What’s shaking in the Vendée

In the afternoon of Friday 20 August 2021, the Vendée was shaken by several small earthquakes. One measured at a 3.5 magnitude and two more measured between 2.0 and 3.0 on the Moment Magnitude scale (Mw for short). The earth did not shake enough to have caused any significant damage, other than the odd statue or plate falling from shelves, or a crack in pavement or window, but it was felt as far south as Fontenay-le-Comte. Source

Based on the preliminary seismic data issued by the Réseau National de Surveillance Sismique (RéNaSS) the epicenters were located near Cholet (Maine-et-Loire, Pays de la Loire) and Les Herbiers (Vendée) but the exact magnitude, epicenter, and depth of the quakes may be revised as seismologists refine their calculations and more reports come in.

There were a further six smaller earthquakes under a 2.0. magnitude.

Do these sorts of tremors happen frequently? They do. An earthquake with a magnitude of 4.3 struck throughout the region of Pays de la Loire on Friday, June 21st, 2019. Before that, it was in February 2018 with a similar force.

The explanation for why earthquakes happen in the Vendée.

The region's coastal area is located to the south of the intraplate Armorican area. a geologic massif (an old mountain range) spanning Brittany, the western part of Normandy, and the Pays de la Loire. The name Armorican Massif comes from Armorica, a Gaul area between the Loire and the Seine rivers.

In the Vendée, the fault system curves  from a south-east/ north-west into an east-west direction toward south-Brittany and further westward along the boundary fault of the West European basin and the British Shelf. The region’s tectonic history dates to Variscan times, a geologic mountain-building event some 370 million to 290 million years ago.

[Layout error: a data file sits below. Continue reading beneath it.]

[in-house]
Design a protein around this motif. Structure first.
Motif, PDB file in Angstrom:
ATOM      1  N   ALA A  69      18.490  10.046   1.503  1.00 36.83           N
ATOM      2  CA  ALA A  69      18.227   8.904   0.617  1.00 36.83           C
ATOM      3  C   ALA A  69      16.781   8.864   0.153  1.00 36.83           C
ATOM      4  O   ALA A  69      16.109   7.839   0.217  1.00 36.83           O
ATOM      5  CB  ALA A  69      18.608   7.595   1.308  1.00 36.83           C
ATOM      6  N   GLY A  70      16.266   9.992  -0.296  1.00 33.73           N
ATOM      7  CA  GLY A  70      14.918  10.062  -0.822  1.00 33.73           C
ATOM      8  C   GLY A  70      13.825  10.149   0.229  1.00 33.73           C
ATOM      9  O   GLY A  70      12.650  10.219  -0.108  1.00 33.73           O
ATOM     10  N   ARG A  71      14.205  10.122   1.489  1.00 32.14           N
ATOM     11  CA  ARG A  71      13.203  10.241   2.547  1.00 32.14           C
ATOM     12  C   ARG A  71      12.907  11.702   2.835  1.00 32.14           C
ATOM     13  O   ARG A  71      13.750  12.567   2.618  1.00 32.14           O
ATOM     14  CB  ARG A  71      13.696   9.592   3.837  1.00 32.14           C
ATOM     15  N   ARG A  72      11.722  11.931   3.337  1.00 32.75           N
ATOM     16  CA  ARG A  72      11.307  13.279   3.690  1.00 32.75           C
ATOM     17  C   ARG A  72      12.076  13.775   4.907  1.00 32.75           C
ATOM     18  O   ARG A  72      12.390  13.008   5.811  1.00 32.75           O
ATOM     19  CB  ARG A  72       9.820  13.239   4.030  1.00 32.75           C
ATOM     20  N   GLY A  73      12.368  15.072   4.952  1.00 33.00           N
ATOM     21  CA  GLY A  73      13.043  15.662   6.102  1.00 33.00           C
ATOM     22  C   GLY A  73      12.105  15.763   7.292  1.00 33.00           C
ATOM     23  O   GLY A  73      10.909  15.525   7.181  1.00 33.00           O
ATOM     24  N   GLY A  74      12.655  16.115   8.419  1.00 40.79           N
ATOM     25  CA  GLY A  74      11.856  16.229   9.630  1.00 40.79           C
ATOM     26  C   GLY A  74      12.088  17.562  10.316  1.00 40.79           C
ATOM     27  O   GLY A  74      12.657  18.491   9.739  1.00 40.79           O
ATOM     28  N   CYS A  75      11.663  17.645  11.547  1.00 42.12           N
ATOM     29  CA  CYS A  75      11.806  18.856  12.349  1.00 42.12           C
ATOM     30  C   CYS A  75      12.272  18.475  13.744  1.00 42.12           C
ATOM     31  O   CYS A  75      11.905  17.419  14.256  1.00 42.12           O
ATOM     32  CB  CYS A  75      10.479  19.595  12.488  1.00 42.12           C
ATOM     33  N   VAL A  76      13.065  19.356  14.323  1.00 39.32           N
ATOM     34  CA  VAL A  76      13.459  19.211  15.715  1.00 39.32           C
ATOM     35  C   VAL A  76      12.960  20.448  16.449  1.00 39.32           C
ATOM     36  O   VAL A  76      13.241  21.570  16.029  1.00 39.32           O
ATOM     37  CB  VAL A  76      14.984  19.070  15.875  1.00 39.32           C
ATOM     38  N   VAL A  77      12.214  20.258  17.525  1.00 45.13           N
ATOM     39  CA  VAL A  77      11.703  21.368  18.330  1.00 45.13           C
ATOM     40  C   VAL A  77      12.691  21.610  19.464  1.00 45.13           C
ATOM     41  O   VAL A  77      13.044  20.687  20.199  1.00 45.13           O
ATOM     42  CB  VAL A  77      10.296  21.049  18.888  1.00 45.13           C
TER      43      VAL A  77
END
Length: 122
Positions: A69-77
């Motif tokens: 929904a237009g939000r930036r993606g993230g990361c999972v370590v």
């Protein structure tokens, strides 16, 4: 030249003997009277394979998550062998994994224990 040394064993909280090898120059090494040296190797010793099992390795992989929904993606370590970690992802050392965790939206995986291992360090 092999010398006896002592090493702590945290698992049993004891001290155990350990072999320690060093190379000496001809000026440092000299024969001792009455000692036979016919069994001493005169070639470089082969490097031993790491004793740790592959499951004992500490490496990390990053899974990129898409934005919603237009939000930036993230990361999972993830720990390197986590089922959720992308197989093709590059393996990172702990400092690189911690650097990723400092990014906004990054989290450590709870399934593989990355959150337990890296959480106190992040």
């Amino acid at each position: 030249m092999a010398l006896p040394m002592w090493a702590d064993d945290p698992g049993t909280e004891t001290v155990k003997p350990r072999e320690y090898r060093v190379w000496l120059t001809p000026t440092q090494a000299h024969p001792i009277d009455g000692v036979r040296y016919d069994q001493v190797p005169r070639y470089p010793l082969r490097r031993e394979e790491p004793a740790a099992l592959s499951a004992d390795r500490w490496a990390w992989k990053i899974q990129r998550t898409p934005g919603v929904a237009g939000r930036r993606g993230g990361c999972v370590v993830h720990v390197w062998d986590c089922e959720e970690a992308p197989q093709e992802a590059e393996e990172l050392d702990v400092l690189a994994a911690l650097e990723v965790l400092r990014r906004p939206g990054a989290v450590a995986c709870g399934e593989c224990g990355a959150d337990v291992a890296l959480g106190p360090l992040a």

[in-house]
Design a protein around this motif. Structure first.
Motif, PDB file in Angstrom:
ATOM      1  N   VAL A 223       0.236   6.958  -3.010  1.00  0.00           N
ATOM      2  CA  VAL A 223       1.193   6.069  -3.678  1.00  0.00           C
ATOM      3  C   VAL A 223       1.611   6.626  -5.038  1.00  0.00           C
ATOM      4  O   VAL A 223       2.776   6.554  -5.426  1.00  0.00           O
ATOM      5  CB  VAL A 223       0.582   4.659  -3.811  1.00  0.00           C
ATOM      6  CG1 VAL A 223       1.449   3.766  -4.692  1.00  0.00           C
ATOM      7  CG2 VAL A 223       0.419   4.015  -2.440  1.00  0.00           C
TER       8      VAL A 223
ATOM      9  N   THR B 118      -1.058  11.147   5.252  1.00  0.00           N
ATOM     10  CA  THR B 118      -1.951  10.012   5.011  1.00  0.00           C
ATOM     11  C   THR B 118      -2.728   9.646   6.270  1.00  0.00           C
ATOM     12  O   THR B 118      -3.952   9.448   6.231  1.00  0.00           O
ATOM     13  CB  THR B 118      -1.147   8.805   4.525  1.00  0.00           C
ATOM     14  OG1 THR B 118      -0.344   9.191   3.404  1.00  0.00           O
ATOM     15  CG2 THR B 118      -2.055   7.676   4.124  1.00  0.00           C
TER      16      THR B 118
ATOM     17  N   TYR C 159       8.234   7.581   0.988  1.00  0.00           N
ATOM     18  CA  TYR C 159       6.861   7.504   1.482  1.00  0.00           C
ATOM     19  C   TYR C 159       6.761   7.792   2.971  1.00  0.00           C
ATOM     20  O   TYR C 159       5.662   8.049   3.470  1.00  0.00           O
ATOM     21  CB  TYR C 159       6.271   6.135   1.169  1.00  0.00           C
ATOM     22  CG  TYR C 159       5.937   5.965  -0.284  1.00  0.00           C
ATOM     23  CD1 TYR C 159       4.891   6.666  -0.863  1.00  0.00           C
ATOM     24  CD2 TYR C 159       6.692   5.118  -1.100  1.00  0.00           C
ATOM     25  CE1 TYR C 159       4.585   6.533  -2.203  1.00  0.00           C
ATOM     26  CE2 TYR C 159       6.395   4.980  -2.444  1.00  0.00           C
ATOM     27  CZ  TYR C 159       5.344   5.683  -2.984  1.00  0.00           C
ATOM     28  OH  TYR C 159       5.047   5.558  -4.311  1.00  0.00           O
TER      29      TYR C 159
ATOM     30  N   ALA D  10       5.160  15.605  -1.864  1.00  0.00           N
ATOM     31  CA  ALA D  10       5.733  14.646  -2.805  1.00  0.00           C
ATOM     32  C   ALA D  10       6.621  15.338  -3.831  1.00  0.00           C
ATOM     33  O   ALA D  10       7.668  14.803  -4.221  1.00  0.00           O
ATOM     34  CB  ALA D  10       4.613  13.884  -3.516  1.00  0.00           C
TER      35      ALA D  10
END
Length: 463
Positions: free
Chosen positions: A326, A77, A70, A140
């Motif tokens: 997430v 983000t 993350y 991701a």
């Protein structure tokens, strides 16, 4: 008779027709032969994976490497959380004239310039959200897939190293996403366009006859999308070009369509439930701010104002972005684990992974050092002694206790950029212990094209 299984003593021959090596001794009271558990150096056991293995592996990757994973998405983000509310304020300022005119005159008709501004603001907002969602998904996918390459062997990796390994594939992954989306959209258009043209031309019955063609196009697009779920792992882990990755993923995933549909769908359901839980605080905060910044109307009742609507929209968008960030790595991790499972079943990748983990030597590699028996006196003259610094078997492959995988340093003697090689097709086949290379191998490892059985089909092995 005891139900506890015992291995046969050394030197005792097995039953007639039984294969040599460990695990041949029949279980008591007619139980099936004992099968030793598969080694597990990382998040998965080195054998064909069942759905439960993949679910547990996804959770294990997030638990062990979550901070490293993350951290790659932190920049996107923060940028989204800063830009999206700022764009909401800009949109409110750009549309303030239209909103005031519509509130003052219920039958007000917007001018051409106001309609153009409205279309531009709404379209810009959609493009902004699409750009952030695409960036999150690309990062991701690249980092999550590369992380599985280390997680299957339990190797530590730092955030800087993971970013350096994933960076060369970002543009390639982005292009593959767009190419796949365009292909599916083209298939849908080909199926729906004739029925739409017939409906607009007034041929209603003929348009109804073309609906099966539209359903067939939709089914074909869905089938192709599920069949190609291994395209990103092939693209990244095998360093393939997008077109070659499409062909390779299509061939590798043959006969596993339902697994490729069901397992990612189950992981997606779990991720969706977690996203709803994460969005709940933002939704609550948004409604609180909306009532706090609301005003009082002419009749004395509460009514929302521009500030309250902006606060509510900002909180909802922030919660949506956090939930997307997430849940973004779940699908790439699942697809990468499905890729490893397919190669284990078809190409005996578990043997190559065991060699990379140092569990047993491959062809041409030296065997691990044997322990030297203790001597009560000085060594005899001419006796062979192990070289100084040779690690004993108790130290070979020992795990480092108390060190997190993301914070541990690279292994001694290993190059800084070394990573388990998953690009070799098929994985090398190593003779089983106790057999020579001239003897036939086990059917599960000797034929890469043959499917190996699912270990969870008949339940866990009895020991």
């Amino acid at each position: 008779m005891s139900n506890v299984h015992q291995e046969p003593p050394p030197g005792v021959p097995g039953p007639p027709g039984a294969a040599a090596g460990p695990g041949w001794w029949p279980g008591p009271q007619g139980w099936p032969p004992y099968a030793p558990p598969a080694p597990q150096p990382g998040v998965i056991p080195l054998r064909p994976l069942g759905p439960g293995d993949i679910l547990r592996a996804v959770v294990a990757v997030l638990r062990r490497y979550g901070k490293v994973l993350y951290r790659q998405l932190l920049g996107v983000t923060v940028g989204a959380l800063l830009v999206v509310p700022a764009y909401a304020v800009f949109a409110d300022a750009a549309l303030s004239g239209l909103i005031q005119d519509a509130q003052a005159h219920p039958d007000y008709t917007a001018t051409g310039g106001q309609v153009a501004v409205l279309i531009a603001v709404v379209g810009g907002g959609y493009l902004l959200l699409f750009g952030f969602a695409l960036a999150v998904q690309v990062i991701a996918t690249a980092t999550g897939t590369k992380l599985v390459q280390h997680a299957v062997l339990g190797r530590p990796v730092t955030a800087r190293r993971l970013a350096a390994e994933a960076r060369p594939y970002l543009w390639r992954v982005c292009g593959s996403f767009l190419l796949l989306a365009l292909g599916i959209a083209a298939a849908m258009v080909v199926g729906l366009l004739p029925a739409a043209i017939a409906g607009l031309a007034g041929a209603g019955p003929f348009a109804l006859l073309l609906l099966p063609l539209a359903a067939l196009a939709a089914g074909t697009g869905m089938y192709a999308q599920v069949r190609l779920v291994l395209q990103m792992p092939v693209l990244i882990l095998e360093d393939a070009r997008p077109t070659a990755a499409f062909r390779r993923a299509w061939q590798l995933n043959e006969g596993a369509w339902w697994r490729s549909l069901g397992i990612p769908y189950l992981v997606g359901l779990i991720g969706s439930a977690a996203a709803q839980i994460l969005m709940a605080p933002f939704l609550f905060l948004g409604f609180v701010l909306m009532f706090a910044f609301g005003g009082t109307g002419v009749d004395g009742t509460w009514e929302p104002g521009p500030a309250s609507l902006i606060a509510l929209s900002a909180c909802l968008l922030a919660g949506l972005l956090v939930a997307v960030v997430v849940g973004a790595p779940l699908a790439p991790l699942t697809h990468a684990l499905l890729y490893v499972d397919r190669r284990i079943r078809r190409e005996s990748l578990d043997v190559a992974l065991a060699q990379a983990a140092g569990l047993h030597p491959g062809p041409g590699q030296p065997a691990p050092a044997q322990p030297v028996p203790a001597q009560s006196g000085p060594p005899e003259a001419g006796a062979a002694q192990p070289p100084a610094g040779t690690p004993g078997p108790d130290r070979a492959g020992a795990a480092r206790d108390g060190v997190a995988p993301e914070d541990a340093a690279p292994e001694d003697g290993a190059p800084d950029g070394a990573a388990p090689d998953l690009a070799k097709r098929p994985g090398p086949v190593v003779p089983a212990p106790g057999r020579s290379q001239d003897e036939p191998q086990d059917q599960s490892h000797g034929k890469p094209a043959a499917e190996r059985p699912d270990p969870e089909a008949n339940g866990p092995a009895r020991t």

Due to its frequent seismic activity, this area in France is monitored both onshore and offshore.

Seismic activity cannot be ruled out in many parts of France. In 2011 the government issued a Seismic Zone map showing the risk zones. As you can see from this map (still current – we searched high and low for an updated map but didn’t find one) – the Vendée is in Zone 3 – indicating a moderate risk of earthquakes.

Should it be cause for panic? No. The reason for monitoring seismic activity here has much more to do with risk prevention and protection (e.g. construction zones, location of bridges, pipeline transport) as well as enforcing building safety standards and construction materials.

Keep reading for things you might like to know and why it's helpful to report your earthquake experience.

Areas with earthquake risk in France (wikipedia)
Fault lines in France (wikipedia)
A few things you need to know:
  • UTC stands for Coordinated Universal Time and is the same as GMT (Greenwich Mean Time), however, it doesn’t take the summer time change into account. So, using the August 2021 earthquake as an example, the event took place on 20/08/2021 at 15h47, and the universal time is reported as the earthquake having taken place on 20/08/2021 at 13h47.
  • Why earthquakes are now referred to as Moment Magnitude (Mw) as opposed to Richter? According to the the USGS.gov website: "Moment is a physical quantity proportional to the slip on the fault multiplied by the area of the fault surface that slips; it is related to the total energy released in the earthquake. The moment can be estimated from seismograms (and also from geodetic measurements). The moment is then converted into a number similar to other earthquake magnitudes by a standard formula. The result is called the moment magnitude. The moment magnitude provides an estimate of earthquake size that is valid over the complete range of magnitudes, a characteristic that was lacking in other magnitude scales."
  • It's good to know the actual depth of an earthquake. Where computations are too unreliable, the world-wide average depth of earthquakes is used 10km (a reliable average depth at which the earth plates shift)